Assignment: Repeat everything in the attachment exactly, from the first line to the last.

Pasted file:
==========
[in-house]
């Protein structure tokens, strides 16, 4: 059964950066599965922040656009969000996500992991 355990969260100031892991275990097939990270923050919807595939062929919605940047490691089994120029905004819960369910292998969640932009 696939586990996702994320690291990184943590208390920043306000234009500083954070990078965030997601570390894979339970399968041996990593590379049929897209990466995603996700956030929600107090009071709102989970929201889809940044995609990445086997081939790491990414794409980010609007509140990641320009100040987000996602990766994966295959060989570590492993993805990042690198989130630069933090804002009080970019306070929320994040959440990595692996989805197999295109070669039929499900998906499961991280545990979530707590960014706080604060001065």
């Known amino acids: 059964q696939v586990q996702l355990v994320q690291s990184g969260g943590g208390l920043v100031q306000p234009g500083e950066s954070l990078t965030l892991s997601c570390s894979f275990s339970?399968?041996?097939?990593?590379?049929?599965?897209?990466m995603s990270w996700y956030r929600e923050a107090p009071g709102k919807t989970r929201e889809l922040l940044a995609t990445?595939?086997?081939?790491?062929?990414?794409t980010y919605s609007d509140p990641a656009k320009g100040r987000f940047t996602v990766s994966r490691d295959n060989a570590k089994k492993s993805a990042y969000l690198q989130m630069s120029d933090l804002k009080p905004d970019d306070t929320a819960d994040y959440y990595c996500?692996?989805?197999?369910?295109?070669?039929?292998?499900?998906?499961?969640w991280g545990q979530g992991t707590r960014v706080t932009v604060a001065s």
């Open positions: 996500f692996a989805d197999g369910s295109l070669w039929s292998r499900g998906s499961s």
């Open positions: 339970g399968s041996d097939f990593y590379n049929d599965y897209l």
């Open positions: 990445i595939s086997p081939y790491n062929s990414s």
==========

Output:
[in-house]
């Protein structure tokens, strides 16, 4: 059964950066599965922040656009969000996500992991 355990969260100031892991275990097939990270923050919807595939062929919605940047490691089994120029905004819960369910292998969640932009 696939586990996702994320690291990184943590208390920043306000234009500083954070990078965030997601570390894979339970399968041996990593590379049929897209990466995603996700956030929600107090009071709102989970929201889809940044995609990445086997081939790491990414794409980010609007509140990641320009100040987000996602990766994966295959060989570590492993993805990042690198989130630069933090804002009080970019306070929320994040959440990595692996989805197999295109070669039929499900998906499961991280545990979530707590960014706080604060001065």
């Known amino acids: 059964q696939v586990q996702l355990v994320q690291s990184g969260g943590g208390l920043v100031q306000p234009g500083e950066s954070l990078t965030l892991s997601c570390s894979f275990s339970?399968?041996?097939?990593?590379?049929?599965?897209?990466m995603s990270w996700y956030r929600e923050a107090p009071g709102k919807t989970r929201e889809l922040l940044a995609t990445?595939?086997?081939?790491?062929?990414?794409t980010y919605s609007d509140p990641a656009k320009g100040r987000f940047t996602v990766s994966r490691d295959n060989a570590k089994k492993s993805a990042y969000l690198q989130m630069s120029d933090l804002k009080p905004d970019d306070t929320a819960d994040y959440y990595c996500?692996?989805?197999?369910?295109?070669?039929?292998?499900?998906?499961?969640w991280g545990q979530g992991t707590r960014v706080t932009v604060a001065s």
């Open positions: 996500f692996a989805d197999g369910s295109l070669w039929s292998r499900g998906s499961s």
């Open positions: 339970g399968s041996d097939f990593y590379n049929d599965y897209l």
């Open positions: 990445i595939s086997p081939y790491n062929s990414s």